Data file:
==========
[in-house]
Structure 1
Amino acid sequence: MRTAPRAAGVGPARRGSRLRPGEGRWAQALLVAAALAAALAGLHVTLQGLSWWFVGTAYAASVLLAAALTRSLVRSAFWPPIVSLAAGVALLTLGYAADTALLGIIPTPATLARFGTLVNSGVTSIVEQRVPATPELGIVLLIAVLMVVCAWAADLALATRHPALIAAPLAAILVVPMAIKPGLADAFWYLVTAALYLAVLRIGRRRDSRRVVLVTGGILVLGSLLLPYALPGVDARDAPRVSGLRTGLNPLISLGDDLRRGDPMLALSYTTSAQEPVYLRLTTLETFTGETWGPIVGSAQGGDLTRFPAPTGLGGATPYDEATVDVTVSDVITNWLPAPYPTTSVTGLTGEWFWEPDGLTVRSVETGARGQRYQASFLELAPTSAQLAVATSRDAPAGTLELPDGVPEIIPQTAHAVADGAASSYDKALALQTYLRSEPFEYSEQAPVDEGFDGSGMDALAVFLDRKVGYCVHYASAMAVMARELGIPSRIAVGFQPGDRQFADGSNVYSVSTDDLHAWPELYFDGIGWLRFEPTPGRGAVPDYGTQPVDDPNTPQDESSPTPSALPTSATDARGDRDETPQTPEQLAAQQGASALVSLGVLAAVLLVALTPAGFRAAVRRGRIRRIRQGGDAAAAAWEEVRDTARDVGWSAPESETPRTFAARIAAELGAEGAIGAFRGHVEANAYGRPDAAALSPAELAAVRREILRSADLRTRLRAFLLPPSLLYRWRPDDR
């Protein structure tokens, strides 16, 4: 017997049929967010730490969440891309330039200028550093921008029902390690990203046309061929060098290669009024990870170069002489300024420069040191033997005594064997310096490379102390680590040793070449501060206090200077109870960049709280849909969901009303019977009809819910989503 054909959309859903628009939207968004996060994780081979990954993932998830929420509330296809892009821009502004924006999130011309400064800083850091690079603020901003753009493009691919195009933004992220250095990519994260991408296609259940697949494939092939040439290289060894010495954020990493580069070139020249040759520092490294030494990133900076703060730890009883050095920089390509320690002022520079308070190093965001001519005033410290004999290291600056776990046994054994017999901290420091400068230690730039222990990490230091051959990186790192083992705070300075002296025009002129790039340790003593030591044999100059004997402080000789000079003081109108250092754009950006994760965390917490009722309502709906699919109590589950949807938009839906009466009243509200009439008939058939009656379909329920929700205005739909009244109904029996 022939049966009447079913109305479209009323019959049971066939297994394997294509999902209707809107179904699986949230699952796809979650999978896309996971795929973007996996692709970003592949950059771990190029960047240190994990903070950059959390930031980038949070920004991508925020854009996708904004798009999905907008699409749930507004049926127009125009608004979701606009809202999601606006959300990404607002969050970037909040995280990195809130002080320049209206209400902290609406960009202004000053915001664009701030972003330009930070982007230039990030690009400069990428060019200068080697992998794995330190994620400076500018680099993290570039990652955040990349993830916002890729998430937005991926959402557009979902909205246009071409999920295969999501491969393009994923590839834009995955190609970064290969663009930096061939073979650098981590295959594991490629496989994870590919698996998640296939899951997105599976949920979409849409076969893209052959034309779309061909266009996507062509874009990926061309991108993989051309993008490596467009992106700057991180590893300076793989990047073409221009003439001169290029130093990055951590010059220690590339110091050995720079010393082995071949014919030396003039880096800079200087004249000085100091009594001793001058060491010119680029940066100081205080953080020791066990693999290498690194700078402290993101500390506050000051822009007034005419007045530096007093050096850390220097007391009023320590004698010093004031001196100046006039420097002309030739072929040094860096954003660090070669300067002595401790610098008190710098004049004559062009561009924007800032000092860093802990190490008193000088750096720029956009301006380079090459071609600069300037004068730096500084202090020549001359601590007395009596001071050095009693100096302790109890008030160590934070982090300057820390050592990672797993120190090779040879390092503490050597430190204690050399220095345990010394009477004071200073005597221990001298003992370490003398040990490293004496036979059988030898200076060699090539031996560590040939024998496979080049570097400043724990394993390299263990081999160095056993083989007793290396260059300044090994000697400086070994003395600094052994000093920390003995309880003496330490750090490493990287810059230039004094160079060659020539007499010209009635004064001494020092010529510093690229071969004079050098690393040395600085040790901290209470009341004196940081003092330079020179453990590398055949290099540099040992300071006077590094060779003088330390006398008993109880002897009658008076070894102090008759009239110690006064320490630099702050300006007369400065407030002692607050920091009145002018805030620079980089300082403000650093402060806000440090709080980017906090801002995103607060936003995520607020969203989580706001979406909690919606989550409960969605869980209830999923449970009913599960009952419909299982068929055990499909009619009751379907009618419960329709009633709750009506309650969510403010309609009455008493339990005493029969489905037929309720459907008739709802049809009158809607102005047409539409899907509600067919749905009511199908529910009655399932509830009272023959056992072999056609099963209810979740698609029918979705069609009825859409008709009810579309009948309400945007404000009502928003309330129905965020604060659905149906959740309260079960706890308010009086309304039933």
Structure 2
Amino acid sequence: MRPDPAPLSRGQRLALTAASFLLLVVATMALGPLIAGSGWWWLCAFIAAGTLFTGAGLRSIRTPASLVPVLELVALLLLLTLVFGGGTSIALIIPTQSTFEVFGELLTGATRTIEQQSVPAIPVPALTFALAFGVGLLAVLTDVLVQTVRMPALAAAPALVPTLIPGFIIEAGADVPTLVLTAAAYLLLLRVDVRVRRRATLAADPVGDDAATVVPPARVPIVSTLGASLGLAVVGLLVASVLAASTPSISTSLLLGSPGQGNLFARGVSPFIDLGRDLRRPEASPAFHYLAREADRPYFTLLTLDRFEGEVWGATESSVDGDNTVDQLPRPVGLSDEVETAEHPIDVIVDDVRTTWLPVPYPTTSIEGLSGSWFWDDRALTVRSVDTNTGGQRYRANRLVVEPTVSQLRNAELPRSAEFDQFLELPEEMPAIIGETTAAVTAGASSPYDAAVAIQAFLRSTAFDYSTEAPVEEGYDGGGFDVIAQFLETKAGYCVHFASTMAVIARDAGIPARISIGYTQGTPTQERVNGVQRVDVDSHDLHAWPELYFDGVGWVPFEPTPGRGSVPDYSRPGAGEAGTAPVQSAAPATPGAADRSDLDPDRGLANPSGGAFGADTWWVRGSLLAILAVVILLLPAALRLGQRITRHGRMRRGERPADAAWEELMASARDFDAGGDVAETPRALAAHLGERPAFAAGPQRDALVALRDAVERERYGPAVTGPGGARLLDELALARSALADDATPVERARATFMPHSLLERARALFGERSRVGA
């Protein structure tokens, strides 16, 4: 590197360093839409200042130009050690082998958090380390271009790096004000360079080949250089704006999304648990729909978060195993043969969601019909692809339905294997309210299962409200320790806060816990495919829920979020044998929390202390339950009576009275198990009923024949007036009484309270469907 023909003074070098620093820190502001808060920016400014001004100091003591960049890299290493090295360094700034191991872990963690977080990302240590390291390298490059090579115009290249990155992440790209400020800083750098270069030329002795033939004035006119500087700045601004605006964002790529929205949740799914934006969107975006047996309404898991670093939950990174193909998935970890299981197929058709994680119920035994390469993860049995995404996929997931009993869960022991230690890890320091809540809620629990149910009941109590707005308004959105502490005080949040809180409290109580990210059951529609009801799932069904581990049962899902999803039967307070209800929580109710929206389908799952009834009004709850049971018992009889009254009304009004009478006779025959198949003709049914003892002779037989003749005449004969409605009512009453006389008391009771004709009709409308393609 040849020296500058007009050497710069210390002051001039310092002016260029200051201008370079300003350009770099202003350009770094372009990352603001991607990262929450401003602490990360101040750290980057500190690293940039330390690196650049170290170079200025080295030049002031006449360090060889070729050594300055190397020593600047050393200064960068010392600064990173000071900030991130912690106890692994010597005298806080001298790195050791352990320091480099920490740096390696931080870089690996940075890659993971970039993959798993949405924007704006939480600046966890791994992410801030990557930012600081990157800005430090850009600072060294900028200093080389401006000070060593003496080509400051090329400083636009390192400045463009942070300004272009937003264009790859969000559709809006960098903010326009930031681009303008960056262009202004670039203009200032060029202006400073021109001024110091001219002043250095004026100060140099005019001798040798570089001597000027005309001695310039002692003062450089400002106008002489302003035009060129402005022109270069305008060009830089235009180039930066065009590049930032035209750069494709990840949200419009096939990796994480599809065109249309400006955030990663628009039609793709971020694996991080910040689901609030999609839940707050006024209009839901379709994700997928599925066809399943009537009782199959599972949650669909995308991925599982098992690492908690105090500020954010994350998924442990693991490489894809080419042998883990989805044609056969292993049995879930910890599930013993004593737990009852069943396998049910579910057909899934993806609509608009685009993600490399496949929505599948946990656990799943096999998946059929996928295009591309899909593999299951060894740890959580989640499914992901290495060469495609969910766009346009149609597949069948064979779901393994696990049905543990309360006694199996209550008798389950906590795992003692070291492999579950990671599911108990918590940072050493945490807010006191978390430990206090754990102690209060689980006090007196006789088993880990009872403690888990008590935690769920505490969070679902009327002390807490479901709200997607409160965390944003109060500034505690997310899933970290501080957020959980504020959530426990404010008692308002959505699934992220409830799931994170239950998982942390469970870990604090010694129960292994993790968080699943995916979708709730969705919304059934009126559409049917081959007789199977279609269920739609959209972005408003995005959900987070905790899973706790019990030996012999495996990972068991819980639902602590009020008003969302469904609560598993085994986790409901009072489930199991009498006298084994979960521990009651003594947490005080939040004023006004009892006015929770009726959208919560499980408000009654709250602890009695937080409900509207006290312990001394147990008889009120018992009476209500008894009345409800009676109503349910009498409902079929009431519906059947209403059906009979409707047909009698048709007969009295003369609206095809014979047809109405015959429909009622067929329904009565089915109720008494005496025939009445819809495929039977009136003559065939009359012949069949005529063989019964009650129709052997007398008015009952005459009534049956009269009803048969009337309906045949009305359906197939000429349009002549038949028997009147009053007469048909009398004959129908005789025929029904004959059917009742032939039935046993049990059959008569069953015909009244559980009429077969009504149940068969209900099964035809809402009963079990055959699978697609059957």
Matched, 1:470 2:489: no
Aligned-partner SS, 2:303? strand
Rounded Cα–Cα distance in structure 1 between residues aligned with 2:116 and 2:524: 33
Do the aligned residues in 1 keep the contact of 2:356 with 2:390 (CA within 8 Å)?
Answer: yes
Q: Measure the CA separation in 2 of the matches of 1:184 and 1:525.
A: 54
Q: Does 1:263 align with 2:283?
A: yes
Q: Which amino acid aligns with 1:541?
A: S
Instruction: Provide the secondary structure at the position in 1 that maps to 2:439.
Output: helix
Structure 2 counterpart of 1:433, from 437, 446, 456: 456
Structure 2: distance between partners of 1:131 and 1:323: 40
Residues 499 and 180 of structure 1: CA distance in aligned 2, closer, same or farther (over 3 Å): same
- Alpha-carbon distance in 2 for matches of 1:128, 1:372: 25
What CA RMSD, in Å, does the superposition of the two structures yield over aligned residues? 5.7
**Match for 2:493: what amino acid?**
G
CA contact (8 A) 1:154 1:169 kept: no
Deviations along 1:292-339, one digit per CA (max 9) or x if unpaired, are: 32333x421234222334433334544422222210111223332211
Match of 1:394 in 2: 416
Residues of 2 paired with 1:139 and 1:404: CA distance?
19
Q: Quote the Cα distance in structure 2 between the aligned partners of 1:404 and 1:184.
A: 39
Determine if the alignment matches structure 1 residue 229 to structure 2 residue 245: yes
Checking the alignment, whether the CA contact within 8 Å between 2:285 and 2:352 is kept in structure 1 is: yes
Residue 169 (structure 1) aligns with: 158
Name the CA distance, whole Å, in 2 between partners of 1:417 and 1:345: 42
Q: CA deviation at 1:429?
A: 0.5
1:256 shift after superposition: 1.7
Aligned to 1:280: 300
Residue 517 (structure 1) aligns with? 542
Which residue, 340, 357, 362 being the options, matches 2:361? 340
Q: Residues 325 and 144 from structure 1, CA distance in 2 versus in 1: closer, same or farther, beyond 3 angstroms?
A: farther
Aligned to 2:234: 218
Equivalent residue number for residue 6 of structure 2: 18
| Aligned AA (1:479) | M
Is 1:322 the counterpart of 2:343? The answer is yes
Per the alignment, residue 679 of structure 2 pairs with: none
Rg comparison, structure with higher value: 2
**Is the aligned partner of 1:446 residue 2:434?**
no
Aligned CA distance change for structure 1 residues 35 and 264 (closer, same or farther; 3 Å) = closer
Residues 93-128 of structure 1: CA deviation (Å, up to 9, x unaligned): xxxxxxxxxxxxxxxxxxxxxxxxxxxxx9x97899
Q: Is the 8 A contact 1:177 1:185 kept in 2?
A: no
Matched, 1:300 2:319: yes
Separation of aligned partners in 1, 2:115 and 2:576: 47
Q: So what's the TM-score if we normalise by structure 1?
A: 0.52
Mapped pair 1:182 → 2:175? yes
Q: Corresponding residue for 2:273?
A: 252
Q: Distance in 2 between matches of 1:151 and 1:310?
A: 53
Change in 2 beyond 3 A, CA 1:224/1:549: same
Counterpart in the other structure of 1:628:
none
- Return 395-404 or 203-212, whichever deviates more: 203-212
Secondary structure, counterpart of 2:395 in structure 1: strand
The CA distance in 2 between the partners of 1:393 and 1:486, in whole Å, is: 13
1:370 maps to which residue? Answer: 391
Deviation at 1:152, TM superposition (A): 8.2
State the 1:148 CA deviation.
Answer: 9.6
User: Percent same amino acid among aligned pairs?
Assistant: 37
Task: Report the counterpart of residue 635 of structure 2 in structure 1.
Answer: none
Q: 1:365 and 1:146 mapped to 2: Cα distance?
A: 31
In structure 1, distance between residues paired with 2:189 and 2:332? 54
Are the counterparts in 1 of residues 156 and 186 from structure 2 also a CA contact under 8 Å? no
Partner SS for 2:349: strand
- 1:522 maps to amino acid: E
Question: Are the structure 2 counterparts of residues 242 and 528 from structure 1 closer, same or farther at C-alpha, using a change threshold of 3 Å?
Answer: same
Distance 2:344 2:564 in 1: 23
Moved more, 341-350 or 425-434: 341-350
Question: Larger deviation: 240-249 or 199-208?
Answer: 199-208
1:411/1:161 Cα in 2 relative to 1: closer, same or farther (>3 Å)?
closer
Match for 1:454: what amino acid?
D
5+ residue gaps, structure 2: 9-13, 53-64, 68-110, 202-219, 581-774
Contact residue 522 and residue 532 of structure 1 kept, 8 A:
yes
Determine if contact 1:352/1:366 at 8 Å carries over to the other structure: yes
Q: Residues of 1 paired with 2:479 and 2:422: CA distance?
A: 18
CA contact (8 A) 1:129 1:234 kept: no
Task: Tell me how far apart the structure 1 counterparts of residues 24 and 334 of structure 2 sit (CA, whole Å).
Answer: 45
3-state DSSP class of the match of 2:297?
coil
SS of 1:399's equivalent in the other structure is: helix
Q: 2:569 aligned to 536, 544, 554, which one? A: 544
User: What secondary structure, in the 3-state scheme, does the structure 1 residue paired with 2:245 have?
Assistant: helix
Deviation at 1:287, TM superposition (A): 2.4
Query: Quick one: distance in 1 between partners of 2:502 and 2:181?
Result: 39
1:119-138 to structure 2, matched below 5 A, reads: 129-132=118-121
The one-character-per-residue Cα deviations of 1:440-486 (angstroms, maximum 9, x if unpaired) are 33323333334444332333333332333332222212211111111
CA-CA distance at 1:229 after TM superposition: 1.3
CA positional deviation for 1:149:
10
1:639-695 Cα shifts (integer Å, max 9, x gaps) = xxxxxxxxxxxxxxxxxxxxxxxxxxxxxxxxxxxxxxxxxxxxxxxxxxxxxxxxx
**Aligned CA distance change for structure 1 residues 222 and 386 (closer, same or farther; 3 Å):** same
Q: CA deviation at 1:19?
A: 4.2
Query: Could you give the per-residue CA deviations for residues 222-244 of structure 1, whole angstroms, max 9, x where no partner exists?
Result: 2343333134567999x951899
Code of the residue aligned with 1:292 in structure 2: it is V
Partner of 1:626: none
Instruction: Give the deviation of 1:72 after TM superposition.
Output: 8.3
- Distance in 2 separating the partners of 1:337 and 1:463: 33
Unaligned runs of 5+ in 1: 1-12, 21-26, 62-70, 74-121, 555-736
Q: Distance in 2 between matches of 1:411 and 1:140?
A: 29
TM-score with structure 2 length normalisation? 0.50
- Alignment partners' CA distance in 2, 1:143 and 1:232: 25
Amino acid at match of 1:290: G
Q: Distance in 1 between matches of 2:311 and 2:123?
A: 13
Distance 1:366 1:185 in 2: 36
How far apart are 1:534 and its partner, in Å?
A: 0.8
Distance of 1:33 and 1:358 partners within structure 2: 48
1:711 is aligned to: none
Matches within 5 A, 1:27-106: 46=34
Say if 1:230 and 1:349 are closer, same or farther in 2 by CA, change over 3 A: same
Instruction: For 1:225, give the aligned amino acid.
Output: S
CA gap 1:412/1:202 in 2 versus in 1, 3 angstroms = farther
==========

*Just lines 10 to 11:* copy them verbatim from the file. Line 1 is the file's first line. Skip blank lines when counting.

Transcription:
Rounded Cα–Cα distance in structure 1 between residues aligned with 2:116 and 2:524: 33
Do the aligned residues in 1 keep the contact of 2:356 with 2:390 (CA within 8 Å)?